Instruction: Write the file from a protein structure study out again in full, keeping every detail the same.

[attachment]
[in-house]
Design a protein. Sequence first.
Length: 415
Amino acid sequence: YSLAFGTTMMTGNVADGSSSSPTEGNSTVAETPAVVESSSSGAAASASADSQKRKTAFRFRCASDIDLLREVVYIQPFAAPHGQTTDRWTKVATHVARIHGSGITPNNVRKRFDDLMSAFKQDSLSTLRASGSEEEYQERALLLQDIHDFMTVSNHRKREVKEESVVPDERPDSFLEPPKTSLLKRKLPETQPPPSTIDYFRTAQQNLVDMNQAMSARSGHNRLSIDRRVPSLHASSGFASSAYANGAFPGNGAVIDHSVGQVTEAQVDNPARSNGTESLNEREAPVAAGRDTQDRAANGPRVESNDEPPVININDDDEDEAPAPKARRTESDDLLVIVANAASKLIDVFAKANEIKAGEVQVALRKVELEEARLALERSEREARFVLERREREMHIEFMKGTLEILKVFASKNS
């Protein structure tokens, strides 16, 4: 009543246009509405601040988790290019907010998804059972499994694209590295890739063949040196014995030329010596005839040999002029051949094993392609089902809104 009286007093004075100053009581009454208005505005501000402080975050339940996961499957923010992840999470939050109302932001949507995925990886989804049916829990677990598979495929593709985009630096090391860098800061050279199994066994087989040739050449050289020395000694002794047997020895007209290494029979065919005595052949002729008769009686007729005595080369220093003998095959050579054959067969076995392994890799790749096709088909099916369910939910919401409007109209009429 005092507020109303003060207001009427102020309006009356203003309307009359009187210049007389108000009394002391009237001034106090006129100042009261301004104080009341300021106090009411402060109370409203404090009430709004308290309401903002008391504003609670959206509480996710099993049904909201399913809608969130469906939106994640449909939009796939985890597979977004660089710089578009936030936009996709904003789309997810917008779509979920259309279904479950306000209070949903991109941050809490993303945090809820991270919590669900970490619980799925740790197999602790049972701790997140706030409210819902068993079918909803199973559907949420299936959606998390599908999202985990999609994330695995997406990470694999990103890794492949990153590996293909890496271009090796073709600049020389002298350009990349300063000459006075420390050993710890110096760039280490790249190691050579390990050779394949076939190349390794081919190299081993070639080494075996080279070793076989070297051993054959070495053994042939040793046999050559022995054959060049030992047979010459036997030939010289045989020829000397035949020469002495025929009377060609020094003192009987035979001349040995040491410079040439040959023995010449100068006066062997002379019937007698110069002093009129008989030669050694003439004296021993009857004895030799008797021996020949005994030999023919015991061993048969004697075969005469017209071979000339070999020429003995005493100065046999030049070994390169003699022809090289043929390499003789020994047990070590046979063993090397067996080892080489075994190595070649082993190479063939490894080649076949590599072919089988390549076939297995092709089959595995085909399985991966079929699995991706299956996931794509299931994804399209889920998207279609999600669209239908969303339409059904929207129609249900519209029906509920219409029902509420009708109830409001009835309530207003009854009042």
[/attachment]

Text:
[in-house]
Design a protein. Sequence first.
Length: 415
Amino acid sequence: YSLAFGTTMMTGNVADGSSSSPTEGNSTVAETPAVVESSSSGAAASASADSQKRKTAFRFRCASDIDLLREVVYIQPFAAPHGQTTDRWTKVATHVARIHGSGITPNNVRKRFDDLMSAFKQDSLSTLRASGSEEEYQERALLLQDIHDFMTVSNHRKREVKEESVVPDERPDSFLEPPKTSLLKRKLPETQPPPSTIDYFRTAQQNLVDMNQAMSARSGHNRLSIDRRVPSLHASSGFASSAYANGAFPGNGAVIDHSVGQVTEAQVDNPARSNGTESLNEREAPVAAGRDTQDRAANGPRVESNDEPPVININDDDEDEAPAPKARRTESDDLLVIVANAASKLIDVFAKANEIKAGEVQVALRKVELEEARLALERSEREARFVLERREREMHIEFMKGTLEILKVFASKNS
């Protein structure tokens, strides 16, 4: 009543246009509405601040988790290019907010998804059972499994694209590295890739063949040196014995030329010596005839040999002029051949094993392609089902809104 009286007093004075100053009581009454208005505005501000402080975050339940996961499957923010992840999470939050109302932001949507995925990886989804049916829990677990598979495929593709985009630096090391860098800061050279199994066994087989040739050449050289020395000694002794047997020895007209290494029979065919005595052949002729008769009686007729005595080369220093003998095959050579054959067969076995392994890799790749096709088909099916369910939910919401409007109209009429 005092507020109303003060207001009427102020309006009356203003309307009359009187210049007389108000009394002391009237001034106090006129100042009261301004104080009341300021106090009411402060109370409203404090009430709004308290309401903002008391504003609670959206509480996710099993049904909201399913809608969130469906939106994640449909939009796939985890597979977004660089710089578009936030936009996709904003789309997810917008779509979920259309279904479950306000209070949903991109941050809490993303945090809820991270919590669900970490619980799925740790197999602790049972701790997140706030409210819902068993079918909803199973559907949420299936959606998390599908999202985990999609994330695995997406990470694999990103890794492949990153590996293909890496271009090796073709600049020389002298350009990349300063000459006075420390050993710890110096760039280490790249190691050579390990050779394949076939190349390794081919190299081993070639080494075996080279070793076989070297051993054959070495053994042939040793046999050559022995054959060049030992047979010459036997030939010289045989020829000397035949020469002495025929009377060609020094003192009987035979001349040995040491410079040439040959023995010449100068006066062997002379019937007698110069002093009129008989030669050694003439004296021993009857004895030799008797021996020949005994030999023919015991061993048969004697075969005469017209071979000339070999020429003995005493100065046999030049070994390169003699022809090289043929390499003789020994047990070590046979063993090397067996080892080489075994190595070649082993190479063939490894080649076949590599072919089988390549076939297995092709089959595995085909399985991966079929699995991706299956996931794509299931994804399209889920998207279609999600669209239908969303339409059904929207129609249900519209029906509920219409029902509420009708109830409001009835309530207003009854009042």